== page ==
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Donovan Blanc consists of Joseph Black and Raymond Schwab of late New Jersey fuzz-pop merchants Honeydrum. Having grown somewhat weary of constantly churning out EPs (they had 9 in total under their previous moniker), the duo decided to work on an altogether more summery release than anything they had done previously; a little less lo-fi and a little more jangly. This comes in the form of their self-titled debut LP released on Captured Tracks; the proverbial match made in heaven between label and artist. Donovan Blanc is as light and feathery to the touch as it is warm and cosy, rummaging through the best bits of East-Coast guitar-pop's back-catalogue.

The album is awash with '60s and '70s grooves that make could make any room feel over 25 degrees centigrade and sunny. You can almost smell the marijuana in the air on 'When You Believed Me', or feel the sand between your toes and the warm breeze on your face on 'Oh Donna'. 'Hungry A Long Time' is a relative anomaly as it's one of the faster paced moments on the album, oozing vibrant orange and yellow melodies from Real Estate-esque guitars. Black and Schwab's vocals are set slightly back in the mix, but chime together in a way that reminisces 'Sounds of Silence' era Simon and Garfunkel. While it may be little faster than the other tracks, 'Donovan Blanc' is not an album of surprises. It lulls you into a stoned sense of security by never changing the formula, instead focusing on a constant theme of comforting repose.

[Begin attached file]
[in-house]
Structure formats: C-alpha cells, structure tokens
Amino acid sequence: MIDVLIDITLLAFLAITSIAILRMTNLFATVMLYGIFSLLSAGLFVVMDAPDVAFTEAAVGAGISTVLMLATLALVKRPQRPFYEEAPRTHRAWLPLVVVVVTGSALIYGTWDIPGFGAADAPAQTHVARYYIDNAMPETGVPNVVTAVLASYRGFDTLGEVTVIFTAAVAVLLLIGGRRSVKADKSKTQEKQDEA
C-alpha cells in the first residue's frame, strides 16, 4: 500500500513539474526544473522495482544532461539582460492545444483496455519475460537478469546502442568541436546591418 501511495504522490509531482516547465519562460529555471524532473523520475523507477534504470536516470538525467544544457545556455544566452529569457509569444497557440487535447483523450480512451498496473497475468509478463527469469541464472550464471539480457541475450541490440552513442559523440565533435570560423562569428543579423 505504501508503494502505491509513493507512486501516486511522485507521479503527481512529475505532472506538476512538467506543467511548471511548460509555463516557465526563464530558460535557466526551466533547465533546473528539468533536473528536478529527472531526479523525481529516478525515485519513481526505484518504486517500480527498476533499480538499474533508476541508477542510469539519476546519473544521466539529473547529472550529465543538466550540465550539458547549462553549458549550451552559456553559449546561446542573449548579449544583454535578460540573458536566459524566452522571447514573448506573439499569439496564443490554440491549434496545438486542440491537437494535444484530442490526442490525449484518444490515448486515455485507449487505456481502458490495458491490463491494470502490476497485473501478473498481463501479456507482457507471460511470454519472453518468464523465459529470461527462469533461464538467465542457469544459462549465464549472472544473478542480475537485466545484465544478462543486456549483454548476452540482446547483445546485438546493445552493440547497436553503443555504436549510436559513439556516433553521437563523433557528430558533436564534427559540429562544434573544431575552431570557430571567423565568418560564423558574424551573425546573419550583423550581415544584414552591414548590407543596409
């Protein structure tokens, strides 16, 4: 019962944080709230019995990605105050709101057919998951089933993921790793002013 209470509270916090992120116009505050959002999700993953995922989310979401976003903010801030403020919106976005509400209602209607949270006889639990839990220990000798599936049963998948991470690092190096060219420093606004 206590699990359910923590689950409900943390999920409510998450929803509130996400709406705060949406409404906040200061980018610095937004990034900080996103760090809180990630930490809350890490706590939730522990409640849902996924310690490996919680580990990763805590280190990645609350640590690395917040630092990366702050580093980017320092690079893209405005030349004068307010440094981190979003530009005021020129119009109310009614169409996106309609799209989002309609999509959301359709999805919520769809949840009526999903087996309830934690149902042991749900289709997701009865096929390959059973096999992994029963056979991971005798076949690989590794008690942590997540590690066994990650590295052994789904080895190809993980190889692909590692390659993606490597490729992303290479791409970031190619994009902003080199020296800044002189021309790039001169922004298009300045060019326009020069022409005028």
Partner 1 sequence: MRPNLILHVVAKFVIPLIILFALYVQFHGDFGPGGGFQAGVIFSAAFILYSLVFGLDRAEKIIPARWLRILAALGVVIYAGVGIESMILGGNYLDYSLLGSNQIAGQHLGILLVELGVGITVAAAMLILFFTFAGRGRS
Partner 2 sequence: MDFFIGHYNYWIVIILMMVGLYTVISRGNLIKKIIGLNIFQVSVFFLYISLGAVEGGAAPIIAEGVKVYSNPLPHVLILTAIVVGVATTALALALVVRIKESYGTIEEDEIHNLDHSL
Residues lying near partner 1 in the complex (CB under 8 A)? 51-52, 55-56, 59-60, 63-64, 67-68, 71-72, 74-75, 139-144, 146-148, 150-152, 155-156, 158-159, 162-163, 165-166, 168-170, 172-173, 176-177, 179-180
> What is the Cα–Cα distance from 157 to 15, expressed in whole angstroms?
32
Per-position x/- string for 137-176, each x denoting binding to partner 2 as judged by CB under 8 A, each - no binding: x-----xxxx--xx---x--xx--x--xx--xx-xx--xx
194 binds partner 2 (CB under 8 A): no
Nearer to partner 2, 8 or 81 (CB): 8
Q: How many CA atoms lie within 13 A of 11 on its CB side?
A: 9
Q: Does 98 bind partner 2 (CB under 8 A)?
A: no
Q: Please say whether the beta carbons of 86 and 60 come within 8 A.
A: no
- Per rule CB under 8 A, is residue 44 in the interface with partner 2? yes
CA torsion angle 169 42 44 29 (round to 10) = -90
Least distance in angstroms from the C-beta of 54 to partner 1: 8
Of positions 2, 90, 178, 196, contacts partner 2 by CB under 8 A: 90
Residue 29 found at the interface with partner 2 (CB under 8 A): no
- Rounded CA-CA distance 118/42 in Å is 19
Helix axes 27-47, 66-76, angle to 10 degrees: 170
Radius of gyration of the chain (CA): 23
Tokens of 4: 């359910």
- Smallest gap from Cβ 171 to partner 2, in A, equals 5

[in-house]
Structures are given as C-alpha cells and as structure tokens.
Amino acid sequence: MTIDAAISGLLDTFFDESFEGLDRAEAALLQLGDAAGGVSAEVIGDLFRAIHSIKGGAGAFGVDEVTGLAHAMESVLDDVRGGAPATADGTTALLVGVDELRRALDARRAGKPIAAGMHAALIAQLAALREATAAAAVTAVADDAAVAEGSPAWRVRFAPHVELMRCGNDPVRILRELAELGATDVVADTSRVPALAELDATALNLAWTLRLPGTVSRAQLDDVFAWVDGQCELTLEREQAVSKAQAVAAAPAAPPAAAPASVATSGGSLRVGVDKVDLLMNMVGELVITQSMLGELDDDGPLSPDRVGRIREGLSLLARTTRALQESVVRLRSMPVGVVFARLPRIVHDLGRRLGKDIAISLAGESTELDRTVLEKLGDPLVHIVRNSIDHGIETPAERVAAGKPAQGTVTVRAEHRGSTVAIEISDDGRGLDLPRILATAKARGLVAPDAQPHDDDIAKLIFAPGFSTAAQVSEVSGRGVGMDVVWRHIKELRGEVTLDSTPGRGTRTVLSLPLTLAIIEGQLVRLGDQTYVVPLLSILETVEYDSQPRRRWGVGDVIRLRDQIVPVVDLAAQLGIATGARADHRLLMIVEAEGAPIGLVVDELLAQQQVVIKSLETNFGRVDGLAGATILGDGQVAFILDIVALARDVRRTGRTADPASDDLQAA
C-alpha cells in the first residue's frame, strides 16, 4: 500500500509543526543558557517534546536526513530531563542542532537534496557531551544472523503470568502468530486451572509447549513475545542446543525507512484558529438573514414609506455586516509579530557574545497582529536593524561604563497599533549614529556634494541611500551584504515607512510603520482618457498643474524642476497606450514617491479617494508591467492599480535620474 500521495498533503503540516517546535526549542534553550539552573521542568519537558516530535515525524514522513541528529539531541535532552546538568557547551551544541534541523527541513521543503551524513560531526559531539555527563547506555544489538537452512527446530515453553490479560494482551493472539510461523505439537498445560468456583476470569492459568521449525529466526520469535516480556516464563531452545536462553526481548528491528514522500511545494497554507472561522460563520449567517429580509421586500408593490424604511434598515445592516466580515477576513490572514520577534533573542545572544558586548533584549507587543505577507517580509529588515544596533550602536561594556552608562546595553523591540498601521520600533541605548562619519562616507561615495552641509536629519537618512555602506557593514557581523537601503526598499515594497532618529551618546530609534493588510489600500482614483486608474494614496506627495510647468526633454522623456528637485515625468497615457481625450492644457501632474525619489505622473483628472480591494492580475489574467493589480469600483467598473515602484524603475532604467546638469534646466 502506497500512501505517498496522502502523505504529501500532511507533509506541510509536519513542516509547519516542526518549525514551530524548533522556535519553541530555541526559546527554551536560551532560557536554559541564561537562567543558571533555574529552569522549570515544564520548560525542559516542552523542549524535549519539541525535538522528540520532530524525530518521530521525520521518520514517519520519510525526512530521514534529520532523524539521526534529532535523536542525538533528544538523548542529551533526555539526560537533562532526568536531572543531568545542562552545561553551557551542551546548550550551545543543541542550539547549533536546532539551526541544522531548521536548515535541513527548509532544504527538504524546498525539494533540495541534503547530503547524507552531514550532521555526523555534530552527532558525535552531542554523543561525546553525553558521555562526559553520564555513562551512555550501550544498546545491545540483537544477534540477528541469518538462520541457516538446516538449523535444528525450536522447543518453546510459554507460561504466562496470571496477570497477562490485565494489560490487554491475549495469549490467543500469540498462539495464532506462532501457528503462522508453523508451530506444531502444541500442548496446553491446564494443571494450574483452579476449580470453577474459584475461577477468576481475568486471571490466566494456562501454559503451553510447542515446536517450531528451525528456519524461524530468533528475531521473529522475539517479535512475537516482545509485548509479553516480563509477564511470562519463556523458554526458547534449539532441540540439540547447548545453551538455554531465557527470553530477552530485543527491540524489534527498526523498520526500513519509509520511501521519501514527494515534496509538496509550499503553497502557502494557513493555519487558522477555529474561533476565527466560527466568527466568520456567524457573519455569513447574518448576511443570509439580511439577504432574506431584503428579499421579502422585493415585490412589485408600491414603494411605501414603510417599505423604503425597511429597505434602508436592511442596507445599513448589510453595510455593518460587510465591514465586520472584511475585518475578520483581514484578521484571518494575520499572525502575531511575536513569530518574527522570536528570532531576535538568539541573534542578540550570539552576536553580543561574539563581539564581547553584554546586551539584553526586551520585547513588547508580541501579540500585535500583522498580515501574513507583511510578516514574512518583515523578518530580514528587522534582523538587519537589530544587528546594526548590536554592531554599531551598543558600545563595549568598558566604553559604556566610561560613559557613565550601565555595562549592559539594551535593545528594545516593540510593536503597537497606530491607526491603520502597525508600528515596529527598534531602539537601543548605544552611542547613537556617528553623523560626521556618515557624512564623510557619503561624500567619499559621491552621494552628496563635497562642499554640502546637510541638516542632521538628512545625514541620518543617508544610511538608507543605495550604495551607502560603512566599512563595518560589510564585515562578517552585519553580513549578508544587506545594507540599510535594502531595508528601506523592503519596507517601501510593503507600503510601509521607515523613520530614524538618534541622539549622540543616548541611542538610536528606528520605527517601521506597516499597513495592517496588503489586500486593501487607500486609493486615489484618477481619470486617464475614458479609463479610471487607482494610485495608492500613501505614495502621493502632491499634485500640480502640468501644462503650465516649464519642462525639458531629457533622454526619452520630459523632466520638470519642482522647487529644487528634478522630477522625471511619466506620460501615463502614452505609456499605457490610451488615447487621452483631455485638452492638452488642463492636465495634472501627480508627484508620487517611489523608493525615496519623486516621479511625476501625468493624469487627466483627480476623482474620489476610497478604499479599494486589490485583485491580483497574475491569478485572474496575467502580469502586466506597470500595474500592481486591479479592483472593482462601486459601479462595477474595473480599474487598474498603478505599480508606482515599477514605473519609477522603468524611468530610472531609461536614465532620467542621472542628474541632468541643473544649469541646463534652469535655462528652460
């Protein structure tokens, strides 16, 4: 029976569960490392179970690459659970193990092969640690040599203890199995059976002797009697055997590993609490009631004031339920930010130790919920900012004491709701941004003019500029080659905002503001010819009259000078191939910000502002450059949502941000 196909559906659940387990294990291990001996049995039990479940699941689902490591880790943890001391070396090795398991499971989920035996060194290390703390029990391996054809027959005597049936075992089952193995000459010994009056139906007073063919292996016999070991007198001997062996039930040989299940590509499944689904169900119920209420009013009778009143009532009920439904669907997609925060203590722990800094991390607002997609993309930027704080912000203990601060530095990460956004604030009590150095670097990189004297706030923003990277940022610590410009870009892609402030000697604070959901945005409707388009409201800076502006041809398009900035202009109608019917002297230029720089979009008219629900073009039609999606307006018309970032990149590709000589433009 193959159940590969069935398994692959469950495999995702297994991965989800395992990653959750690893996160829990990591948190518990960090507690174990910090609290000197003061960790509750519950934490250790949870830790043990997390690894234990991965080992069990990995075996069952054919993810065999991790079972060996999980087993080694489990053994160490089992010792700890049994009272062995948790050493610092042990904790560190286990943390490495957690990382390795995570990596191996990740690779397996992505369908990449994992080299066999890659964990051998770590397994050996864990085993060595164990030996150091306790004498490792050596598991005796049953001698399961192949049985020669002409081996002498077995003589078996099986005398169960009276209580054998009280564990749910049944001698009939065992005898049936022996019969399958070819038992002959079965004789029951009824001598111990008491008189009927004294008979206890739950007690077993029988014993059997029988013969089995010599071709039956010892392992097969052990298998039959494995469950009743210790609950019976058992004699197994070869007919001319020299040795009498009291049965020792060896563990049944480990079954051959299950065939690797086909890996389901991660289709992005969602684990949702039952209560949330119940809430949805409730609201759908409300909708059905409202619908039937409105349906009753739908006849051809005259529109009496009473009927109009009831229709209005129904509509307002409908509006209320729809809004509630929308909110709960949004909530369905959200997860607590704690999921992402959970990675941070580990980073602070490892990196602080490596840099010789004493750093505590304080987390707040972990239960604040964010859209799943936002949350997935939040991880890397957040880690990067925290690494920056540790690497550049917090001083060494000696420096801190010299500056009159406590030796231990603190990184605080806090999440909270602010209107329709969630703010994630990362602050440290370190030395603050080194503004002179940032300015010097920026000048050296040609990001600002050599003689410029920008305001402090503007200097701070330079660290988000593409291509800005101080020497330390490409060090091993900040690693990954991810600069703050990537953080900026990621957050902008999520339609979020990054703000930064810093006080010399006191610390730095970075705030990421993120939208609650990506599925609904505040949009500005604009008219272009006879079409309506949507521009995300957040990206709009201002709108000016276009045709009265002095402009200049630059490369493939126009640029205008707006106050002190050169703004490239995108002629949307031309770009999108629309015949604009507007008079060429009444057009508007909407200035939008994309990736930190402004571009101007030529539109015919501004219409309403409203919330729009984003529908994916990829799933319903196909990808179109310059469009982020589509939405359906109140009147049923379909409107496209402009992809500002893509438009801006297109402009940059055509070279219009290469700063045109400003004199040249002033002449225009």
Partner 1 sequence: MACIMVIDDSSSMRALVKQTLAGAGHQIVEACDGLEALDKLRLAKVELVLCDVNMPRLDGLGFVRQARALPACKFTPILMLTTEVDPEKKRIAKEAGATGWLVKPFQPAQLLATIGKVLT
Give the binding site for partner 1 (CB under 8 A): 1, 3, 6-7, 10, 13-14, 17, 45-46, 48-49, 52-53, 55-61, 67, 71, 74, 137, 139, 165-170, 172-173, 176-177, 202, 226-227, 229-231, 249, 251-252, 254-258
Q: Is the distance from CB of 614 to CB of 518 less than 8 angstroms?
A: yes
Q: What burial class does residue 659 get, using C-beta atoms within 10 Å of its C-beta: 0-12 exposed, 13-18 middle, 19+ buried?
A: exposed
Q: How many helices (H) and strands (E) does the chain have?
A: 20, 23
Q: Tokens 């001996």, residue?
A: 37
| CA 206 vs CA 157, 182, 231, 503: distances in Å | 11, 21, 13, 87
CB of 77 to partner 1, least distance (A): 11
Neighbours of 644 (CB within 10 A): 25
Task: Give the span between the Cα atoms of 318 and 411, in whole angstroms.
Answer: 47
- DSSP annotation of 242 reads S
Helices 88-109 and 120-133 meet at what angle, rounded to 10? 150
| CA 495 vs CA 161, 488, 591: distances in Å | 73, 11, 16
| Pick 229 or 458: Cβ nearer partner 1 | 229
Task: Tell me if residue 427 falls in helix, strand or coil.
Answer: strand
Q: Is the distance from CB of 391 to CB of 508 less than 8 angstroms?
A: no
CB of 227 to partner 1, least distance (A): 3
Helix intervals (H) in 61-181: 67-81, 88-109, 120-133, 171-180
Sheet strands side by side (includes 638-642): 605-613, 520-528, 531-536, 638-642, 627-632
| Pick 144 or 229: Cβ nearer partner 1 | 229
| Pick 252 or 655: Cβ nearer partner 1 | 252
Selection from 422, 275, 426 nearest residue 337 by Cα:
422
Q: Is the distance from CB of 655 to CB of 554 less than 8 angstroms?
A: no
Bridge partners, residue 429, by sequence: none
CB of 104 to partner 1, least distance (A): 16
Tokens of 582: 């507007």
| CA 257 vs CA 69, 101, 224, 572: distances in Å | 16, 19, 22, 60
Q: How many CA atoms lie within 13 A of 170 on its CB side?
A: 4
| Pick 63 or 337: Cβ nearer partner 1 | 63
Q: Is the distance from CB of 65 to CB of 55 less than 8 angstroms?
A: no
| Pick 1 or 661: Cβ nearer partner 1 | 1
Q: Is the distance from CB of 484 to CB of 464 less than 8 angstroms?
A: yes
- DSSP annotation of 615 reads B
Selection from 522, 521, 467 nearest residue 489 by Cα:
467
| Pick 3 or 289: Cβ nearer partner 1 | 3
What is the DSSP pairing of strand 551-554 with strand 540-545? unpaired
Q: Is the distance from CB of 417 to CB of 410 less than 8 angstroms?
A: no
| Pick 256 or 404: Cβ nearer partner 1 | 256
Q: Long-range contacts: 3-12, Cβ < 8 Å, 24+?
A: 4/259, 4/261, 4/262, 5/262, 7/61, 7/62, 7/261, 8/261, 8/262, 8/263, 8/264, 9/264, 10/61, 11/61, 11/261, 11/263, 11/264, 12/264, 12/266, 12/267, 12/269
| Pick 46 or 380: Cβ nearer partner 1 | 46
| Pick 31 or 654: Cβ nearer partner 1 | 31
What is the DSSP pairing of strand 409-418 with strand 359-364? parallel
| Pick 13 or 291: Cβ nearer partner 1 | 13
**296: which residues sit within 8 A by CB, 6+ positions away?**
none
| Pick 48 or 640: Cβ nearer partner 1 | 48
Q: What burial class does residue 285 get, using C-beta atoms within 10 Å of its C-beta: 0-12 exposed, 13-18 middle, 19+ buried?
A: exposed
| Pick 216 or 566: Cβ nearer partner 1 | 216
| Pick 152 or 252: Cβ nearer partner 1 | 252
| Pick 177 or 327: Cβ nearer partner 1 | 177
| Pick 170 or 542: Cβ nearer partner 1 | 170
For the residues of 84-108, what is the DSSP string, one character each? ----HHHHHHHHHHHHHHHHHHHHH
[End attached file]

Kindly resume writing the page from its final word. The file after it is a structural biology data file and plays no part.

While this does give the album a coherent sound and direction, it can be hard to distinguish one track from the next. There is no standout tracks as such, rather each flows into the next almost unnoticeably. While lack of sonic diversity isn't necessarily a bad thing, sometimes Donovan Blanc can leave you wanting something a little extra just to garnish the album with, like going to a BBQ without any ketchup. Nevertheless, this is an album built for days spent on the beach with our good friend Mr Sun and his loyal partner Ms Cold Beer. Donovan Blanc may lack a bit of originality, but when countered by a distinct lack of pretension like this it doesn't seem to matter.

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